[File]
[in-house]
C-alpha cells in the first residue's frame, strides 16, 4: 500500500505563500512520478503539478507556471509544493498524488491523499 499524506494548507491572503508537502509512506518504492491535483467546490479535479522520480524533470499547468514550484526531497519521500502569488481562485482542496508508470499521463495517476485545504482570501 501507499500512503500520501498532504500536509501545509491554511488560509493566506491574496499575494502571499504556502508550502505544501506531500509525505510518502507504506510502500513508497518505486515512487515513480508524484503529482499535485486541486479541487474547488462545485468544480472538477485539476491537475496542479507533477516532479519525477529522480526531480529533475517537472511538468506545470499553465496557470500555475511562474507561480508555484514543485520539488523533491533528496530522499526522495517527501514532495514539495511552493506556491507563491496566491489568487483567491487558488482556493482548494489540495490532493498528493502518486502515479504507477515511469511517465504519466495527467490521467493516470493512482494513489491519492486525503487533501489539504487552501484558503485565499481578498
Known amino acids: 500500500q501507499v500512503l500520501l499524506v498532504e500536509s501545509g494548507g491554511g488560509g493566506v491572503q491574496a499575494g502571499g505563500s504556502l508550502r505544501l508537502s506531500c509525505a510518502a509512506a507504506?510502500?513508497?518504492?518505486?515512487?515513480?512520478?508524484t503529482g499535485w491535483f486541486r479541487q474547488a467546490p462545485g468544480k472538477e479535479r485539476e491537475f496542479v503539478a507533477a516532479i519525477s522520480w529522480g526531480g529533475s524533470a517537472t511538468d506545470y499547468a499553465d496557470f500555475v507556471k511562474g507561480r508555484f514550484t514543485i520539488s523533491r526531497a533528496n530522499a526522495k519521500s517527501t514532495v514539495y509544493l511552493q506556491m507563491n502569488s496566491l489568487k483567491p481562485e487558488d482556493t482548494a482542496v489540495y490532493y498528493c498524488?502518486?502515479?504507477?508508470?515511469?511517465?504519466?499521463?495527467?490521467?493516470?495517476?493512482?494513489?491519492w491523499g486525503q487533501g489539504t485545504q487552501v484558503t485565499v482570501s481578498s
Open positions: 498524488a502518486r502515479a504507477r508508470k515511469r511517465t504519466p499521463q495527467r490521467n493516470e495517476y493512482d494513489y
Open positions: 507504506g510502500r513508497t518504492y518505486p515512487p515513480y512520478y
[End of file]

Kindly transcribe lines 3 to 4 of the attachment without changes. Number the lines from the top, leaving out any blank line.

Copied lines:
Known amino acids: 500500500q501507499v500512503l500520501l499524506v498532504e500536509s501545509g494548507g491554511g488560509g493566506v491572503q491574496a499575494g502571499g505563500s504556502l508550502r505544501l508537502s506531500c509525505a510518502a509512506a507504506?510502500?513508497?518504492?518505486?515512487?515513480?512520478?508524484t503529482g499535485w491535483f486541486r479541487q474547488a467546490p462545485g468544480k472538477e479535479r485539476e491537475f496542479v503539478a507533477a516532479i519525477s522520480w529522480g526531480g529533475s524533470a517537472t511538468d506545470y499547468a499553465d496557470f500555475v507556471k511562474g507561480r508555484f514550484t514543485i520539488s523533491r526531497a533528496n530522499a526522495k519521500s517527501t514532495v514539495y509544493l511552493q506556491m507563491n502569488s496566491l489568487k483567491p481562485e487558488d482556493t482548494a482542496v489540495y490532493y498528493c498524488?502518486?502515479?504507477?508508470?515511469?511517465?504519466?499521463?495527467?490521467?493516470?495517476?493512482?494513489?491519492w491523499g486525503q487533501g489539504t485545504q487552501v484558503t485565499v482570501s481578498s
Open positions: 498524488a502518486r502515479a504507477r508508470k515511469r511517465t504519466p499521463q495527467r490521467n493516470e495517476y493512482d494513489y